Protecting the view: how St Paul's Cathedral has been shaping the rest of London for centuries

Because the world will end if you can't see it from Richmond. Image: Wikimedia Commons/Mark Fosh

As well as all your standard planning rules – not accidentally constructing a huge mirror that sets fire to cars if there’s the wrong sort of sun, etc. – London has another unusual consideration for would-be skyscraper builders: you have to ensure you don’t ruin the view of St Paul’s Cathedral.

Some of this concerns the area immediately surrounding it in the City of London, referred to as “St Paul’s Heights”, established in 1937. Within this area, the City’s planning department aims to preserve the existing views of St Paul’s, although there are quite a few buildings that already infringe it – either because they predate the current iteration of planning policy or because, like the new Blackfriars station, they’re not in the City so it couldn’t do anything about it.

No tall things please, we're British. Image: City of London.

But the effect of the cathedral on planning spreads way past the borders of the City: several viewing corridors exist to keep St Paul’s visible from other parts of London. The longest, and oldest, runs all the way to King Henry VIII’s Mount in Richmond – far enough way they’ve had to set up a telescope to enable you to see it as much more than a tiny dome-shaped blur. The view of the cathedral is also protected from Parliament and Primrose Hills, although the growth of the skyline around in over the last century means it barely stands out anyway.

The view from Primrose Hill. Find St Paul’s, win a pound. (N.B. You will not win a pound.) Image: Wikimedia Commons/Diliff.

In recent years, there’s been huge pressure to relax some of these rules given the increasing demand for ludicrously shaped tall buildings in London –  when Ken Livingstone was mayor, he decreased the size of the viewing cones from 440m to 210m – and the sky has, as yet, failed to fall in. Even if you do care about views, the argument could be made that a skyscraper can be as interesting to look at as a cathedral.

The various protected views of London. Image: OpenStreetMap.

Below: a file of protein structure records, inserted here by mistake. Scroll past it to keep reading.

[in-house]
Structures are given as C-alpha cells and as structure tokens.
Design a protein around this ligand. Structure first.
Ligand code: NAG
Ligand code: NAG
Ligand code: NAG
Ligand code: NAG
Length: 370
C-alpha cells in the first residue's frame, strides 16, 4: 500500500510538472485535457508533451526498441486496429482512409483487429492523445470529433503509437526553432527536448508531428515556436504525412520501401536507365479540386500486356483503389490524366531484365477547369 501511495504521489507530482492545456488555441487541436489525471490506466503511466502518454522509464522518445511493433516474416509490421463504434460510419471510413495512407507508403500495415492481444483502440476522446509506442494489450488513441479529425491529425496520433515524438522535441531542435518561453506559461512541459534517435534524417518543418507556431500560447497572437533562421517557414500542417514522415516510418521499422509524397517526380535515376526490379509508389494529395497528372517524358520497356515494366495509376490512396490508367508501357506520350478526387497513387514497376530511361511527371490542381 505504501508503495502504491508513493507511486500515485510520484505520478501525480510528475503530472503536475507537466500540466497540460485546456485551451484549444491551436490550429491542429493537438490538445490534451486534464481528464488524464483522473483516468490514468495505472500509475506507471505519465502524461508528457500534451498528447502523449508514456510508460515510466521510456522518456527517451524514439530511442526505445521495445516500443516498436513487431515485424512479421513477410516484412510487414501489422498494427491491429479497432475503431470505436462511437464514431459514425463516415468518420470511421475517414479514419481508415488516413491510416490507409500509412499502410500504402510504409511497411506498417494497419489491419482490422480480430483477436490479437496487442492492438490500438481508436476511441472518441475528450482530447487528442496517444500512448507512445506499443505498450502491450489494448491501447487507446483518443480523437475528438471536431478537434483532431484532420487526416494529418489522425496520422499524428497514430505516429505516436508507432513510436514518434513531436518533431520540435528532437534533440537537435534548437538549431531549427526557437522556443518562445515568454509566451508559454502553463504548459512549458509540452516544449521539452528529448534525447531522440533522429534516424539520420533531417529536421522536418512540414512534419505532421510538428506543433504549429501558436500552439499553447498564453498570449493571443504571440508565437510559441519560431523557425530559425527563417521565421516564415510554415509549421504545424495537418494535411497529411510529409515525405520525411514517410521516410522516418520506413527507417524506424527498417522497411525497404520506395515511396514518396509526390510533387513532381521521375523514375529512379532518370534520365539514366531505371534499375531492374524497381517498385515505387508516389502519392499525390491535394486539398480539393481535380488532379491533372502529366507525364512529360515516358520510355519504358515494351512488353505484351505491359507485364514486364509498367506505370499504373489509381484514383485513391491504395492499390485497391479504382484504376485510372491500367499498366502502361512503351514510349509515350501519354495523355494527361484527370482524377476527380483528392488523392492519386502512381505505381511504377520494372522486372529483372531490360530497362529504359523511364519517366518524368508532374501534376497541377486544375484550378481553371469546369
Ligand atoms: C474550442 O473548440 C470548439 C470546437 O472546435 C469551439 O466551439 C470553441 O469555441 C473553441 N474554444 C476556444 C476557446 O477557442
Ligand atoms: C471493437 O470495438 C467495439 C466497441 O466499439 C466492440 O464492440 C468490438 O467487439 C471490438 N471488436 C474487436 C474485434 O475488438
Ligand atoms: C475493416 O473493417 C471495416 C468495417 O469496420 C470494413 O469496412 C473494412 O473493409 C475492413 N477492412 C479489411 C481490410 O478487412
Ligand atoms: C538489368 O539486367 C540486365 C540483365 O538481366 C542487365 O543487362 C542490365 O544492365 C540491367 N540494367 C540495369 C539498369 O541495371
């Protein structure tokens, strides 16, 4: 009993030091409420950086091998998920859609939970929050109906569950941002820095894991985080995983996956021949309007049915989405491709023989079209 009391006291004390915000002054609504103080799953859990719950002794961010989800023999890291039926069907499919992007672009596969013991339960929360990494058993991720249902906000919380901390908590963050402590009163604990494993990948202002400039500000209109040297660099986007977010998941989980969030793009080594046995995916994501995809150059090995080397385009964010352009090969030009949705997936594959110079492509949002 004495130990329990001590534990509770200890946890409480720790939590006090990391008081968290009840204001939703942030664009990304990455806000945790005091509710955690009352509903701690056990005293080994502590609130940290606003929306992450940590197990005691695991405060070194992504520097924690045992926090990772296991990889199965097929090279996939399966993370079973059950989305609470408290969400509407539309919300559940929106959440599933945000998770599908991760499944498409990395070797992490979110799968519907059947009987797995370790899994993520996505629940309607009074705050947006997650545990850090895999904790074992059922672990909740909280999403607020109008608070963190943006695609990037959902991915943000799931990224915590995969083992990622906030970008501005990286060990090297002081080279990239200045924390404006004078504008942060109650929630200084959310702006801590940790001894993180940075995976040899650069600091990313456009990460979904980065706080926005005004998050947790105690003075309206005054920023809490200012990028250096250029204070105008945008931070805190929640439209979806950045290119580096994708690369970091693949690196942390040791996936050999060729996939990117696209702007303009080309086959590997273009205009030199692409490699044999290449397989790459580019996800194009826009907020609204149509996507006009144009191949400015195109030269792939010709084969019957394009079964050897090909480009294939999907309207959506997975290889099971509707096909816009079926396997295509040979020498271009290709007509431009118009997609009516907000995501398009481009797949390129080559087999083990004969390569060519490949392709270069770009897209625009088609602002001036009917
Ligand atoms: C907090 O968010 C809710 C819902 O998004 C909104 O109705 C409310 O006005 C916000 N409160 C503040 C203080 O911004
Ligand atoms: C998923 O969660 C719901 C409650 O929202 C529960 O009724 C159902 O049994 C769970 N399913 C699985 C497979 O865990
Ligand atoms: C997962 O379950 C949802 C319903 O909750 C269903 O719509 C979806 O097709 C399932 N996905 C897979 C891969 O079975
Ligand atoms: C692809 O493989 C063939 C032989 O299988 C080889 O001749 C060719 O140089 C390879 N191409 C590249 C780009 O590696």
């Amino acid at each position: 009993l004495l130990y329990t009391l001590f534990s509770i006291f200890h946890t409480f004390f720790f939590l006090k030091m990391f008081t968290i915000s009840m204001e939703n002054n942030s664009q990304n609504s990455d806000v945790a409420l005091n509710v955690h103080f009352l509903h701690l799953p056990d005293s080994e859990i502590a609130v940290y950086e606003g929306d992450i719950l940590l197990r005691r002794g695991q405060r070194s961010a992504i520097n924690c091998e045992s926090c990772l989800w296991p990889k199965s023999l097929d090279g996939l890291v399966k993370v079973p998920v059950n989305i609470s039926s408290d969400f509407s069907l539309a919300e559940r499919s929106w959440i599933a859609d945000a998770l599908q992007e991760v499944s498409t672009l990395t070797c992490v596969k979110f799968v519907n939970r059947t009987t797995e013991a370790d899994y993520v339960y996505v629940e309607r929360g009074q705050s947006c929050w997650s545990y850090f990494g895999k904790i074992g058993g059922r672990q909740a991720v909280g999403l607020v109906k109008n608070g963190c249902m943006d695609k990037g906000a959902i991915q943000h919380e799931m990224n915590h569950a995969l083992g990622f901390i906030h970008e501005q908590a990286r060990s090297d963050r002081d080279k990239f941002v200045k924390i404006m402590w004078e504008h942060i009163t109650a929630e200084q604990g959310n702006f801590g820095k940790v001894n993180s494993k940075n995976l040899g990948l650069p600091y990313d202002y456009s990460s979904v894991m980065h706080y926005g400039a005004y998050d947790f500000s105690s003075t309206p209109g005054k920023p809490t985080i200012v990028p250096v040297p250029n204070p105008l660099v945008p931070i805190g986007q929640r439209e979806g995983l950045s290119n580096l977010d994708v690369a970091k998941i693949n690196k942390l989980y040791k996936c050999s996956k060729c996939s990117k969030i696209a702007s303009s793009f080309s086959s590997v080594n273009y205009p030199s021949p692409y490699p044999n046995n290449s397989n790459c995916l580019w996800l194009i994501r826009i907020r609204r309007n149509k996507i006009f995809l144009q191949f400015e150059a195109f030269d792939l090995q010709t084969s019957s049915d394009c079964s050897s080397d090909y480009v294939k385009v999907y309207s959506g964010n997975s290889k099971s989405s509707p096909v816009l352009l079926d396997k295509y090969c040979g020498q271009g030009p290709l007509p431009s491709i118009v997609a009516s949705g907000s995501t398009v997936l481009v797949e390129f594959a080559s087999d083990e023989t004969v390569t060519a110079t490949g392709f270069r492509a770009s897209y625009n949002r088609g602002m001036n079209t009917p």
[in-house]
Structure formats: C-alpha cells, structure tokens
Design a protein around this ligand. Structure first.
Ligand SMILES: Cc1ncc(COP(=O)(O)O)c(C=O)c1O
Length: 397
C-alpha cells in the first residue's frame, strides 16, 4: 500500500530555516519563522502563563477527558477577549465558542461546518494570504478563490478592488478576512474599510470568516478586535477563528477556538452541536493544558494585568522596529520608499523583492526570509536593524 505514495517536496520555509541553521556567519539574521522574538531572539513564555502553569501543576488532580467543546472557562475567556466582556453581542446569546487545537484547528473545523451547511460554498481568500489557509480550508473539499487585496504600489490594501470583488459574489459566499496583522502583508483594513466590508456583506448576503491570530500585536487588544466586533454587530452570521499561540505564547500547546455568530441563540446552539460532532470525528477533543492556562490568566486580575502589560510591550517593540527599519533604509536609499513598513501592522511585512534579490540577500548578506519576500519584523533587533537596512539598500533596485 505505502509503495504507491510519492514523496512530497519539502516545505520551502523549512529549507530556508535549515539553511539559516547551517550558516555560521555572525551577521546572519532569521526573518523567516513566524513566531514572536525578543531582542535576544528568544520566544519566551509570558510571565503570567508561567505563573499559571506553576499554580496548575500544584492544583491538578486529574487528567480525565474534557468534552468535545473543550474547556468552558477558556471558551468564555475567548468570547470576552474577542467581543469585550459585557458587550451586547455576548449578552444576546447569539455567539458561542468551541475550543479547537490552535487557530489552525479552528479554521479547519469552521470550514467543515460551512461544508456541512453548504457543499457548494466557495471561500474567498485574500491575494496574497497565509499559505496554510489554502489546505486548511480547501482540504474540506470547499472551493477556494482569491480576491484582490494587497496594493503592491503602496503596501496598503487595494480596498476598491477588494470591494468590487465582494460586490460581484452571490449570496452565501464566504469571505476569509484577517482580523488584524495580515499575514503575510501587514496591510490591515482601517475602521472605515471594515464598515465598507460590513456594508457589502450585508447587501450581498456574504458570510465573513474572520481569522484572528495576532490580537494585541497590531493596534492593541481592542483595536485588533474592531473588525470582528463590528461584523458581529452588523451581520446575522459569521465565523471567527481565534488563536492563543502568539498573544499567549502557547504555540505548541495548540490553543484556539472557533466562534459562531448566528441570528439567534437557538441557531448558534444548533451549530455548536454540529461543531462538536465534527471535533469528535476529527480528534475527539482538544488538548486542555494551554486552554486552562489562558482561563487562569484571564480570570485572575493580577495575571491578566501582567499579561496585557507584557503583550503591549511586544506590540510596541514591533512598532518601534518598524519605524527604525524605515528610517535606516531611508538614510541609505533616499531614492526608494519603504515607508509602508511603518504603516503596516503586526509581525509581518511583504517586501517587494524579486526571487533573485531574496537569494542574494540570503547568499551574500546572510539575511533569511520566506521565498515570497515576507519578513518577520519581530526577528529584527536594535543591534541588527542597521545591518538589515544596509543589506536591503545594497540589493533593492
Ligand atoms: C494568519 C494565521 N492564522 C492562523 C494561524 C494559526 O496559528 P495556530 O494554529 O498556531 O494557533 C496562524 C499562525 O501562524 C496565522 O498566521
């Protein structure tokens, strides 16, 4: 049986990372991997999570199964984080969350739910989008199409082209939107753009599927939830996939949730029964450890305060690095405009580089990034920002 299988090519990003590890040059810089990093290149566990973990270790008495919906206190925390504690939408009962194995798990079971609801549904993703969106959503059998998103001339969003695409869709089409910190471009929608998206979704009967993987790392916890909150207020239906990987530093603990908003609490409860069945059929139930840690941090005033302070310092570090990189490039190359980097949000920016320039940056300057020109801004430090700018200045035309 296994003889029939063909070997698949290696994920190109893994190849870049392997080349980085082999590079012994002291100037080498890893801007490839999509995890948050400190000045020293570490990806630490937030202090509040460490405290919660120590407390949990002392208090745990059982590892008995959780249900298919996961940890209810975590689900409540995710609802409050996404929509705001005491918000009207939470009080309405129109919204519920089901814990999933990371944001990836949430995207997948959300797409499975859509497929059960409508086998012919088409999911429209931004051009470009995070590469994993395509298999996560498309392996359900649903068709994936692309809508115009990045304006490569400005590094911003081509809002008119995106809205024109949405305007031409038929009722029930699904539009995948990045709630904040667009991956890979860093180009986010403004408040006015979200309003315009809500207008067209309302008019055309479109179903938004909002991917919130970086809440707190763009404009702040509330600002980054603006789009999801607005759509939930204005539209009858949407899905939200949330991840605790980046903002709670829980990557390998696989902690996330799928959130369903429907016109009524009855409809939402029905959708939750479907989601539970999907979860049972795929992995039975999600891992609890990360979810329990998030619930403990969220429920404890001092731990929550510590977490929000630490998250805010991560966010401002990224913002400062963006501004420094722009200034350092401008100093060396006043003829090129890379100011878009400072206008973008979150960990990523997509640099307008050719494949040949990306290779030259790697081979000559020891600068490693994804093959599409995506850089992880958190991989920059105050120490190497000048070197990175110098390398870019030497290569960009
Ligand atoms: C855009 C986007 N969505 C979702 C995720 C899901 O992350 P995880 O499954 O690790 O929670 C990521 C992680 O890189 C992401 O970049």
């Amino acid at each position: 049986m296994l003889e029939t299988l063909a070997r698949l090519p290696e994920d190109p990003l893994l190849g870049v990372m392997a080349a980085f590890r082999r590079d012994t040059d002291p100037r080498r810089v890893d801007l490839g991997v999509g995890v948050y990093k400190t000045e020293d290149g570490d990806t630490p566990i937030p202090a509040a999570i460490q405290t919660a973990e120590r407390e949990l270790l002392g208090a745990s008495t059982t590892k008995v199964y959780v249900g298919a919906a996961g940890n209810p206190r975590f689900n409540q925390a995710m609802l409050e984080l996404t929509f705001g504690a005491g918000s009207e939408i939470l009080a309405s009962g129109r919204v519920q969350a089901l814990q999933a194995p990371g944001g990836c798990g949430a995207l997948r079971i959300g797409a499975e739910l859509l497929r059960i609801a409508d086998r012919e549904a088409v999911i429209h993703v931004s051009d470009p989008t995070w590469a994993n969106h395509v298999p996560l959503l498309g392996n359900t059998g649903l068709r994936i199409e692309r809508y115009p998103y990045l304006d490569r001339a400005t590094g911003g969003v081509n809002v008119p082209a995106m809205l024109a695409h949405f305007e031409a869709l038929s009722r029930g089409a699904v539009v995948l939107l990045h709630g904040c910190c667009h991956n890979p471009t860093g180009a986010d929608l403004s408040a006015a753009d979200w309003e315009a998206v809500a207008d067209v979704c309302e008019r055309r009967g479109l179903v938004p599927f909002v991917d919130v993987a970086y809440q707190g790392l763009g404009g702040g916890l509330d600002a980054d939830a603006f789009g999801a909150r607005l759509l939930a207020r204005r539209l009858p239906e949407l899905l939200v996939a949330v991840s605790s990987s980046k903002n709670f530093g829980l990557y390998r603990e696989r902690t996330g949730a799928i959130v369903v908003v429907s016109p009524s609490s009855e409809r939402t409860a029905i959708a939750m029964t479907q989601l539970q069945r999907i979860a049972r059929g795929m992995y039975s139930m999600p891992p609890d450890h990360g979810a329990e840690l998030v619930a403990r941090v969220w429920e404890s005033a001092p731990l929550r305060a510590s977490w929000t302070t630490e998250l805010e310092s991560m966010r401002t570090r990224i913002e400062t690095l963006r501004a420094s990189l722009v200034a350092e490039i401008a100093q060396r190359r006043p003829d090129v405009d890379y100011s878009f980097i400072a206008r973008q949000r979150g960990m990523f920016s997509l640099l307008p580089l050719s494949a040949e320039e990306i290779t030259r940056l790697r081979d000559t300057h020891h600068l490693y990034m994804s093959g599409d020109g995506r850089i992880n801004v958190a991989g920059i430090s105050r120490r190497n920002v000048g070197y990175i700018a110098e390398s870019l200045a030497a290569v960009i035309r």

While London is notable for having so much planning policy dictated by a single building (although views of parliament and the Tower of London are also protected), it’s certainly not the only city to operate this kind of policy. Quite a few places in the UK have laws that restrict building heights or otherwise protect views around their cathedrals – simply because, like St Paul's, they had been the tallest building in the area for centuries.

In the US, Portland, Oregon has a Scenic Resources Protection Plan to manage development, partly inspired by a popular view of the local mountain being ballsed up by the pointy KOIN Center building.

A spectacularly sarcastic section of a planning report. Image: portlandoregon.gov.uk.

While this sort of thing might carry a general sense of worthiness, it is not necessarily without cost. San Francisco’s extremely restrictive planning laws are in part about preserving key views in the city – but they also mean hardly anyone can afford to live there, as demand has massively outstripped the ability to build enough new homes, high density housing being difficult because of the height restrictions.

If nothing else, perhaps there should be an exemption on constructing tall stuff in these areas if there’s a hilariously spiteful reason to do so. The impressive Art Deco Kavanagh building in Buenos Aires was commissioned in 1934 by Corina Kavanagh, an Irish millionaire. According to local legend she’d tried to marry into a local aristocratic family, but the match was rejected because she wasn’t from noble enough stock. In revenge, she bought the land between the family’s mansion, and the fancy local church that they’d paid for, and blocked their favourite view with her new skyscraper.

If there is a lesson here, it’s that if you really want to protect the view of St Paul’s Cathedral, you should have to marry it.

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The smartphone app placing virtual statues of women on the map

A virtual Edith Wharton in Central Park, New York City. Image: The Whole Story Project.